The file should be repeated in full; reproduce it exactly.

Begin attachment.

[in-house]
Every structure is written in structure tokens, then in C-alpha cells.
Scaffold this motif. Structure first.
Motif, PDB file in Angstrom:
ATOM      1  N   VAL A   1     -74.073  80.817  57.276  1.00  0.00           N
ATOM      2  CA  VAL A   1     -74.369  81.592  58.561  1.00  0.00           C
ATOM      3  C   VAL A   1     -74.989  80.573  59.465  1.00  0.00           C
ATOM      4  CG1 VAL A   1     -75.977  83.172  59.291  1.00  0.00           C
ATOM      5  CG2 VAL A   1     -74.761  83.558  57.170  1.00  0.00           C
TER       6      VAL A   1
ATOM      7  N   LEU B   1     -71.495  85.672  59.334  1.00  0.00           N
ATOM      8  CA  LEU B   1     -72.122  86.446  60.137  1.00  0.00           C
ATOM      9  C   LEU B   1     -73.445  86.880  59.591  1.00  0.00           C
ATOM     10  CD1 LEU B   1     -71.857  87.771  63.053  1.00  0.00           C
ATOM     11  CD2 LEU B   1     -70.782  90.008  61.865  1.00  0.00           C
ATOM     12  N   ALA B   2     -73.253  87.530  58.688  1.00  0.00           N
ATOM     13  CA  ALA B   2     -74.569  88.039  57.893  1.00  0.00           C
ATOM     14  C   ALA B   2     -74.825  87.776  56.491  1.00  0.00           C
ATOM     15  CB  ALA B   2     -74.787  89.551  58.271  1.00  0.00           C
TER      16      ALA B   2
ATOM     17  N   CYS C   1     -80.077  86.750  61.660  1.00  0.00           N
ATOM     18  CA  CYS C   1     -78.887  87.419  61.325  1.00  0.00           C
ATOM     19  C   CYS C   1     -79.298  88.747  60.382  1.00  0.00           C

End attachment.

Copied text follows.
[in-house]
Every structure is written in structure tokens, then in C-alpha cells.
Scaffold this motif. Structure first.
Motif, PDB file in Angstrom:
ATOM      1  N   VAL A   1     -74.073  80.817  57.276  1.00  0.00           N
ATOM      2  CA  VAL A   1     -74.369  81.592  58.561  1.00  0.00           C
ATOM      3  C   VAL A   1     -74.989  80.573  59.465  1.00  0.00           C
ATOM      4  CG1 VAL A   1     -75.977  83.172  59.291  1.00  0.00           C
ATOM      5  CG2 VAL A   1     -74.761  83.558  57.170  1.00  0.00           C
TER       6      VAL A   1
ATOM      7  N   LEU B   1     -71.495  85.672  59.334  1.00  0.00           N
ATOM      8  CA  LEU B   1     -72.122  86.446  60.137  1.00  0.00           C
ATOM      9  C   LEU B   1     -73.445  86.880  59.591  1.00  0.00           C
ATOM     10  CD1 LEU B   1     -71.857  87.771  63.053  1.00  0.00           C
ATOM     11  CD2 LEU B   1     -70.782  90.008  61.865  1.00  0.00           C
ATOM     12  N   ALA B   2     -73.253  87.530  58.688  1.00  0.00           N
ATOM     13  CA  ALA B   2     -74.569  88.039  57.893  1.00  0.00           C
ATOM     14  C   ALA B   2     -74.825  87.776  56.491  1.00  0.00           C
ATOM     15  CB  ALA B   2     -74.787  89.551  58.271  1.00  0.00           C
TER      16      ALA B   2
ATOM     17  N   CYS C   1     -80.077  86.750  61.660  1.00  0.00           N
ATOM     18  CA  CYS C   1     -78.887  87.419  61.325  1.00  0.00           C
ATOM     19  C   CYS C   1     -79.298  88.747  60.382  1.00  0.00           C